U.S. SECURITIES AND EXCHANGE COMMISSION

Litigation Release No. 21614 / August 4, 2010

Securities and Exchange Commission v. Joseph R. Porche, et al., United States District Court for the Central District of California, Civil Action No. SACV 10-01165 DOC (RNBx)

SEC CHARGES BOILER-ROOM OPERATORS IN FRAUDULENT $11 MILLION GREEN ENERGY INVESTMENT SCHEME

The Securities and Exchange Commission today charged two California boiler-room operators and four salesmen for conducting a fraudulent green energy investment scheme. The SEC's complaint names as defendants, boiler-room operators Joseph R. Porche, age 51, of Aliso Viejo, CA, and Larry R. Crowder, age 53, of Newport Coast, CA; and salesmen Konrad C. Kafarski, age 40, of Trabuco Canyon, CA, Carlton L. Williams, age 51, of Coto de Caza, CA, Gary K. Juncker, age 47, of Rancho Santa Margarita, CA, and Dale J. Engelhardt, age 46, of San Clemente, CA.

The SEC's complaint, filed in U.S. District Court in Santa Ana, alleges that between early 2008 to February 2009, Kensington Resources, Inc., through its principals, Porche and Crowder, and its salespeople, raised $11 million from approximately 200 investors nationwide selling unregistered shares of American Environmental Energy, Inc. ("AEEI") common stock. The SEC's complaint alleges that Porche, Crowder, and Kafarski falsely disclosed to investors that payments of sales commissions were limited to 10% of the funds raised, when, in reality, 25% of the funds raised were paid to salesmen and sales managers. The complaint further alleges that these defendants misrepresented how the funds raised would be used, telling investors that 80% of the funds raised would be used by AEEI to conduct its green energy business. In reality, most of the funds raised were kept by Porche and Crowder to fund their lavish lifestyles and only $315,000 of the $11 million raised went to AEEI.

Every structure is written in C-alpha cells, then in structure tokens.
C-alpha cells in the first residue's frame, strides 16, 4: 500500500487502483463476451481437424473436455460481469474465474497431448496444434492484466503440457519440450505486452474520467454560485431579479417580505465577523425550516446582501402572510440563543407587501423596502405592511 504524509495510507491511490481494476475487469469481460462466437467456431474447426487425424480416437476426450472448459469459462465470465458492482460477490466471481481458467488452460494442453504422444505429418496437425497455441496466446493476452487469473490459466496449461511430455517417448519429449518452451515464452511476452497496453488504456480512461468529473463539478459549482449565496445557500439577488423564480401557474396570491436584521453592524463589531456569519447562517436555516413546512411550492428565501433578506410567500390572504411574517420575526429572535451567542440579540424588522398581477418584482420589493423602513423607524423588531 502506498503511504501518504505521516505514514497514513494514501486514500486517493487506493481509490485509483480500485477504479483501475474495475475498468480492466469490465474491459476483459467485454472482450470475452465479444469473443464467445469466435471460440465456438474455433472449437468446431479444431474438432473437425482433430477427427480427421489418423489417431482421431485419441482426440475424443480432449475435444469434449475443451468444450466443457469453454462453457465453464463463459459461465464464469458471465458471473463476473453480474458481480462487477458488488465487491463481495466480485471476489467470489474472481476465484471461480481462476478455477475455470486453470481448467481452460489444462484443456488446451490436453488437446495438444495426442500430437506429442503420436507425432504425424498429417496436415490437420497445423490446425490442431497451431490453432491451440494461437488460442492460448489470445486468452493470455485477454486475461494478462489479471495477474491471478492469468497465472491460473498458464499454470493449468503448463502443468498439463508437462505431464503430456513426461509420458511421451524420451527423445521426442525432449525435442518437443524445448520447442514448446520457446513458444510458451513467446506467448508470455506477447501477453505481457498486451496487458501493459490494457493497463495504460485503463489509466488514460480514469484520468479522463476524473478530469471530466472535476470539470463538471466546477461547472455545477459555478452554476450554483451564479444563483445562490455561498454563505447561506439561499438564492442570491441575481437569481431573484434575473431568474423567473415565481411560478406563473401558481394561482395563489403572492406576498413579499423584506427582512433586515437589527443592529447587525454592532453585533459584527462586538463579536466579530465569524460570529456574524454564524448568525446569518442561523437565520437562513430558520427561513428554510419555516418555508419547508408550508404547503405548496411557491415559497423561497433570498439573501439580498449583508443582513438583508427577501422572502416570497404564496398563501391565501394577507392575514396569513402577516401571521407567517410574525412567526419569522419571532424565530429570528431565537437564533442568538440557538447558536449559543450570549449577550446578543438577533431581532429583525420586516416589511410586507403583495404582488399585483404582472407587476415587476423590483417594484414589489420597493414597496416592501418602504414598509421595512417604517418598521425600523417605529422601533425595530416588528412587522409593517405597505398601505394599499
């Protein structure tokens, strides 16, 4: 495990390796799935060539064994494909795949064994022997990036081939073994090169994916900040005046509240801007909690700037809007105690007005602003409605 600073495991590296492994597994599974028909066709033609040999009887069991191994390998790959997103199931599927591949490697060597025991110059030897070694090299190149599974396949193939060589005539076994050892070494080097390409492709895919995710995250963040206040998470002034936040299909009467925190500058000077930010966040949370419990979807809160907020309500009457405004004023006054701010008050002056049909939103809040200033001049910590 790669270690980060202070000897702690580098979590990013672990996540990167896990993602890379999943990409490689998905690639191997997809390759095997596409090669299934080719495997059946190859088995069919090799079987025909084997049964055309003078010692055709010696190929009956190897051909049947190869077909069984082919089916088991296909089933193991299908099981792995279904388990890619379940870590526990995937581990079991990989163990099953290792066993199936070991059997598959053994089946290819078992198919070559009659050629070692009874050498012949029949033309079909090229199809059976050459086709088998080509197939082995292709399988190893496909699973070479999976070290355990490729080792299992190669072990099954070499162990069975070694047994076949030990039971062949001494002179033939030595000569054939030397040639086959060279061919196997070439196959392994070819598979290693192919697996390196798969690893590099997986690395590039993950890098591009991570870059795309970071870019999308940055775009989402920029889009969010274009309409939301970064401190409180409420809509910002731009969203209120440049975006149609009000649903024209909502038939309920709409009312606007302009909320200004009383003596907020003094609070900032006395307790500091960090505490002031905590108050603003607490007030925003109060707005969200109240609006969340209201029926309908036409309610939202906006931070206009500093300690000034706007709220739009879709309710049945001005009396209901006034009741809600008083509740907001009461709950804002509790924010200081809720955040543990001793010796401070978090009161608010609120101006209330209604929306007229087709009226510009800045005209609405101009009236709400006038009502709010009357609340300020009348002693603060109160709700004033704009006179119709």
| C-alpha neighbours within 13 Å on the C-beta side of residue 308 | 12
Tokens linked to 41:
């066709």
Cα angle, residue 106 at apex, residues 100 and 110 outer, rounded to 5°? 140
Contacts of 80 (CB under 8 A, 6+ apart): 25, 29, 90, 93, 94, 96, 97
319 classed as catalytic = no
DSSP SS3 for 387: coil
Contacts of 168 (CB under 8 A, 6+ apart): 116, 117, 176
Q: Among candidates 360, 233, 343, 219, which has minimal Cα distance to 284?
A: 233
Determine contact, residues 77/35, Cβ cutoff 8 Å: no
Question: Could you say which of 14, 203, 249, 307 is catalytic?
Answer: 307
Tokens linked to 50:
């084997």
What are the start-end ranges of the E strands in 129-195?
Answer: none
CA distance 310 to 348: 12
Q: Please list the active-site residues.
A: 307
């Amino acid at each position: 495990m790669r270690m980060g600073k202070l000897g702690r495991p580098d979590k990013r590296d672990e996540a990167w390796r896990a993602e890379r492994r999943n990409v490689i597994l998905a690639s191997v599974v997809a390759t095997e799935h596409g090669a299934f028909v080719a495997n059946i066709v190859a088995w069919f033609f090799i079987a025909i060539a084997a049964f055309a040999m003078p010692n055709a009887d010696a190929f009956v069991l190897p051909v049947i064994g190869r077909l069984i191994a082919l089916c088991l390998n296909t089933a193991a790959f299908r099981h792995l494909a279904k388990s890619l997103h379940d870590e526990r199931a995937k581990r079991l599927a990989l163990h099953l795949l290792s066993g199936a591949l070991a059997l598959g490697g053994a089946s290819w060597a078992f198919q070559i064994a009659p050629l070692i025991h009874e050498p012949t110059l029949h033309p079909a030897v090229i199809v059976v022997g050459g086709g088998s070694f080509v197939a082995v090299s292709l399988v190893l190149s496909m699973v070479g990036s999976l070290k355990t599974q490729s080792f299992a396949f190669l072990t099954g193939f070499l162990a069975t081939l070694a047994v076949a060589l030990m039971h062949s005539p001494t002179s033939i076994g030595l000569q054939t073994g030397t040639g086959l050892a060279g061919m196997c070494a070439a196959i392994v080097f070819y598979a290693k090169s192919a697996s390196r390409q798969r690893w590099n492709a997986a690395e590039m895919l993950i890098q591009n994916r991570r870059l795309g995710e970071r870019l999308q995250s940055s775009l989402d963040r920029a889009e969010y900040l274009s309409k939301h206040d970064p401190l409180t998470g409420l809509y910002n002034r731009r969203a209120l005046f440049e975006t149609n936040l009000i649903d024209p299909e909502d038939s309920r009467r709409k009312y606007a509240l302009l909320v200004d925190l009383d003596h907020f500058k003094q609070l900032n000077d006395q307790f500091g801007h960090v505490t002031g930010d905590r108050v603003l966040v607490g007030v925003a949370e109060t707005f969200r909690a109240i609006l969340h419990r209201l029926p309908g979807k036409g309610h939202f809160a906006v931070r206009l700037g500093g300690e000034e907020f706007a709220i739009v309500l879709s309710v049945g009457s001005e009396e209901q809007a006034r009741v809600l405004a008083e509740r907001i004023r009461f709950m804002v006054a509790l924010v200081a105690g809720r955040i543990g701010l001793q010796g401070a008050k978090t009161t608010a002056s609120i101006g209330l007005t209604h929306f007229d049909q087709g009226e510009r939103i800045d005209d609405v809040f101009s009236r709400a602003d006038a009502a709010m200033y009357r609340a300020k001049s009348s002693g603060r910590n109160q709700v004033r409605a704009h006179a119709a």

The SEC's complaint alleges that all of the named defendants violated the securities registration provisions of Sections 5(a) and 5(c) of the Securities Act of 1933. The complaint also alleges that Porche, Crowder, and Kafarski violated the antifraud provisions of Section 17(a) of the Securities Act and Section 10(b) of the Securities Exchange Act of 1934 and Rule 10b-5 thereunder. The complaint further alleges that all of the named defendants violated the broker-dealer registration requirement of Section 15(a) of the Exchange Act. Crowder also violated his previous bar from association with a broker or dealer in violation of Section 15(b)(6)(B)(i) of the Exchange Act. The SEC seeks permanent injunctions, disgorgement with prejudgment interest, civil penalties, and penny stock bars against each of the defendants.

Crowder and Engelhardt are repeat securities law offenders. In 1998, the SEC charged Crowder and Engelhardt with, among other things, violations of the antifraud provisions of the federal securities laws in connection with another offering fraud. Crowder and Engelhardt were enjoined from future violations of those provisions. Crowder was permanently barred from associating with any broker or dealer, and Engelhardt was suspended for one year from associating with any broker or dealer.

See Also: SEC Complaint

 
http://www.sec.gov/litigation/litreleases/2010/lr21614.htm

Last modified: 8/04/2010